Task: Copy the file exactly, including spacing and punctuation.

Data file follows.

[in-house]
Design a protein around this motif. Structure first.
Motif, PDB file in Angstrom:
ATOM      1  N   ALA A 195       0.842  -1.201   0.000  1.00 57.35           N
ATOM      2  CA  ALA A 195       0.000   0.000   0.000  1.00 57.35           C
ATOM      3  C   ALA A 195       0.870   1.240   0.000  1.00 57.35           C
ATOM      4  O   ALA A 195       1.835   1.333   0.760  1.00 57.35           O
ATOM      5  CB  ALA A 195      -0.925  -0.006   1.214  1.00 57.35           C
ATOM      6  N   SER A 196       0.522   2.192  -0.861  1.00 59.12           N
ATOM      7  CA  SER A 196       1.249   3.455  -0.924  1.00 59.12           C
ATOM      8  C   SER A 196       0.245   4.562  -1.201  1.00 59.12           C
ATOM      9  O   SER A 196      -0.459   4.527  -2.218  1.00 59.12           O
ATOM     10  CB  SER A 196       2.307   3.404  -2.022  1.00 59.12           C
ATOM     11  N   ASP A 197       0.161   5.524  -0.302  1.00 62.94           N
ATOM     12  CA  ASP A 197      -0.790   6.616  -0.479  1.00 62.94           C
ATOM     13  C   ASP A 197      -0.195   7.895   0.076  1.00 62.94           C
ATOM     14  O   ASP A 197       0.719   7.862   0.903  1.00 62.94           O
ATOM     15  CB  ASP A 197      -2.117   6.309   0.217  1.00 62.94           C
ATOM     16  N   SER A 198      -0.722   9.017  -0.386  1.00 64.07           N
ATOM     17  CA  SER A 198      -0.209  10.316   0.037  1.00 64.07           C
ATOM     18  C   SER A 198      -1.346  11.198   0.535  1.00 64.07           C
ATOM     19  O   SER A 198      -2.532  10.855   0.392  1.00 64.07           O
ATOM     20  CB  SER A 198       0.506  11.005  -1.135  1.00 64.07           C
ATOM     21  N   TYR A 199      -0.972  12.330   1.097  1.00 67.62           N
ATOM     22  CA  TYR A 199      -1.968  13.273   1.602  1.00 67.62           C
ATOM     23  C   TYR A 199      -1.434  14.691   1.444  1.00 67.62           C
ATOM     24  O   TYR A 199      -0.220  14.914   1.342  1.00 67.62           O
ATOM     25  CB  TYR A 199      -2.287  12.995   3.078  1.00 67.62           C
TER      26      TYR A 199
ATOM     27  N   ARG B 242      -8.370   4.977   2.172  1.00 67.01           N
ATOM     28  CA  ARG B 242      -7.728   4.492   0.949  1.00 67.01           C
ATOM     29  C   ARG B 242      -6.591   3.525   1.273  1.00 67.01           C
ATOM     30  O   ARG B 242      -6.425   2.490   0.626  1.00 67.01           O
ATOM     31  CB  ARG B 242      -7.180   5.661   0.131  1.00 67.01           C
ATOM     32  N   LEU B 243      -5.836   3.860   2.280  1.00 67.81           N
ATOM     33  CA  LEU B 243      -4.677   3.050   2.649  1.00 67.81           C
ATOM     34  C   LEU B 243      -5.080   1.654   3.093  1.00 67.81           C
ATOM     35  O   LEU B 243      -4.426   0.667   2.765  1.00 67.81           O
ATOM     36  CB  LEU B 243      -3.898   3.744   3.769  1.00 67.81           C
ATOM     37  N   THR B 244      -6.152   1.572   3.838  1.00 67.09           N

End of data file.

[in-house]
Design a protein around this motif. Structure first.
Motif, PDB file in Angstrom:
ATOM      1  N   ALA A 195       0.842  -1.201   0.000  1.00 57.35           N
ATOM      2  CA  ALA A 195       0.000   0.000   0.000  1.00 57.35           C
ATOM      3  C   ALA A 195       0.870   1.240   0.000  1.00 57.35           C
ATOM      4  O   ALA A 195       1.835   1.333   0.760  1.00 57.35           O
ATOM      5  CB  ALA A 195      -0.925  -0.006   1.214  1.00 57.35           C
ATOM      6  N   SER A 196       0.522   2.192  -0.861  1.00 59.12           N
ATOM      7  CA  SER A 196       1.249   3.455  -0.924  1.00 59.12           C
ATOM      8  C   SER A 196       0.245   4.562  -1.201  1.00 59.12           C
ATOM      9  O   SER A 196      -0.459   4.527  -2.218  1.00 59.12           O
ATOM     10  CB  SER A 196       2.307   3.404  -2.022  1.00 59.12           C
ATOM     11  N   ASP A 197       0.161   5.524  -0.302  1.00 62.94           N
ATOM     12  CA  ASP A 197      -0.790   6.616  -0.479  1.00 62.94           C
ATOM     13  C   ASP A 197      -0.195   7.895   0.076  1.00 62.94           C
ATOM     14  O   ASP A 197       0.719   7.862   0.903  1.00 62.94           O
ATOM     15  CB  ASP A 197      -2.117   6.309   0.217  1.00 62.94           C
ATOM     16  N   SER A 198      -0.722   9.017  -0.386  1.00 64.07           N
ATOM     17  CA  SER A 198      -0.209  10.316   0.037  1.00 64.07           C
ATOM     18  C   SER A 198      -1.346  11.198   0.535  1.00 64.07           C
ATOM     19  O   SER A 198      -2.532  10.855   0.392  1.00 64.07           O
ATOM     20  CB  SER A 198       0.506  11.005  -1.135  1.00 64.07           C
ATOM     21  N   TYR A 199      -0.972  12.330   1.097  1.00 67.62           N
ATOM     22  CA  TYR A 199      -1.968  13.273   1.602  1.00 67.62           C
ATOM     23  C   TYR A 199      -1.434  14.691   1.444  1.00 67.62           C
ATOM     24  O   TYR A 199      -0.220  14.914   1.342  1.00 67.62           O
ATOM     25  CB  TYR A 199      -2.287  12.995   3.078  1.00 67.62           C
TER      26      TYR A 199
ATOM     27  N   ARG B 242      -8.370   4.977   2.172  1.00 67.01           N
ATOM     28  CA  ARG B 242      -7.728   4.492   0.949  1.00 67.01           C
ATOM     29  C   ARG B 242      -6.591   3.525   1.273  1.00 67.01           C
ATOM     30  O   ARG B 242      -6.425   2.490   0.626  1.00 67.01           O
ATOM     31  CB  ARG B 242      -7.180   5.661   0.131  1.00 67.01           C
ATOM     32  N   LEU B 243      -5.836   3.860   2.280  1.00 67.81           N
ATOM     33  CA  LEU B 243      -4.677   3.050   2.649  1.00 67.81           C
ATOM     34  C   LEU B 243      -5.080   1.654   3.093  1.00 67.81           C
ATOM     35  O   LEU B 243      -4.426   0.667   2.765  1.00 67.81           O
ATOM     36  CB  LEU B 243      -3.898   3.744   3.769  1.00 67.81           C
ATOM     37  N   THR B 244      -6.152   1.572   3.838  1.00 67.09           N